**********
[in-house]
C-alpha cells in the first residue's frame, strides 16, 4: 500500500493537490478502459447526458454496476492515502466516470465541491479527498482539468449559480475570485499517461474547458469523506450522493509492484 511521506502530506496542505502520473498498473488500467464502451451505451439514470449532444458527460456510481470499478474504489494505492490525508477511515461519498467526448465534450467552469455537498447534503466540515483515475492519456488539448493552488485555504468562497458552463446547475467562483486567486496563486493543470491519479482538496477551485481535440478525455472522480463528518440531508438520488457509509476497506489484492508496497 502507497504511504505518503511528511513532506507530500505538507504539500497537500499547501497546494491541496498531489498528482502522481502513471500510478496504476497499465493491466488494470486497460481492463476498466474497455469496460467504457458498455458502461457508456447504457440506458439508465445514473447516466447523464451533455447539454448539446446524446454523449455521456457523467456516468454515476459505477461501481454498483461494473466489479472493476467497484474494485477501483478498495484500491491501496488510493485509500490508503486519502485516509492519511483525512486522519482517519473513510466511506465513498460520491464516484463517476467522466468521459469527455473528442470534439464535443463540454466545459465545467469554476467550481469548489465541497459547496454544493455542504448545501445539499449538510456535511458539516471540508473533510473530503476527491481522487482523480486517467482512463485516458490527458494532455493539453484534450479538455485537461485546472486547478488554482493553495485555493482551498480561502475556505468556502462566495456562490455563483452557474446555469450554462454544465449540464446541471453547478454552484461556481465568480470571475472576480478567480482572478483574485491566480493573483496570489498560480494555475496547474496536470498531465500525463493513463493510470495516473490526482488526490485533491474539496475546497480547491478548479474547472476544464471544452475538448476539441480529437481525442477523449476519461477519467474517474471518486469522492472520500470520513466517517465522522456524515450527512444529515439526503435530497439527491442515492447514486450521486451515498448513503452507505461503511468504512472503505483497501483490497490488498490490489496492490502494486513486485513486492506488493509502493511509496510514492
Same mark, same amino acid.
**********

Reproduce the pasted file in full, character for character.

[in-house]
C-alpha cells in the first residue's frame, strides 16, 4: 500500500493537490478502459447526458454496476492515502466516470465541491479527498482539468449559480475570485499517461474547458469523506450522493509492484 511521506502530506496542505502520473498498473488500467464502451451505451439514470449532444458527460456510481470499478474504489494505492490525508477511515461519498467526448465534450467552469455537498447534503466540515483515475492519456488539448493552488485555504468562497458552463446547475467562483486567486496563486493543470491519479482538496477551485481535440478525455472522480463528518440531508438520488457509509476497506489484492508496497 502507497504511504505518503511528511513532506507530500505538507504539500497537500499547501497546494491541496498531489498528482502522481502513471500510478496504476497499465493491466488494470486497460481492463476498466474497455469496460467504457458498455458502461457508456447504457440506458439508465445514473447516466447523464451533455447539454448539446446524446454523449455521456457523467456516468454515476459505477461501481454498483461494473466489479472493476467497484474494485477501483478498495484500491491501496488510493485509500490508503486519502485516509492519511483525512486522519482517519473513510466511506465513498460520491464516484463517476467522466468521459469527455473528442470534439464535443463540454466545459465545467469554476467550481469548489465541497459547496454544493455542504448545501445539499449538510456535511458539516471540508473533510473530503476527491481522487482523480486517467482512463485516458490527458494532455493539453484534450479538455485537461485546472486547478488554482493553495485555493482551498480561502475556505468556502462566495456562490455563483452557474446555469450554462454544465449540464446541471453547478454552484461556481465568480470571475472576480478567480482572478483574485491566480493573483496570489498560480494555475496547474496536470498531465500525463493513463493510470495516473490526482488526490485533491474539496475546497480547491478548479474547472476544464471544452475538448476539441480529437481525442477523449476519461477519467474517474471518486469522492472520500470520513466517517465522522456524515450527512444529515439526503435530497439527491442515492447514486450521486451515498448513503452507505461503511468504512472503505483497501483490497490488498490490489496492490502494486513486485513486492506488493509502493511509496510514492
Same mark, same amino acid.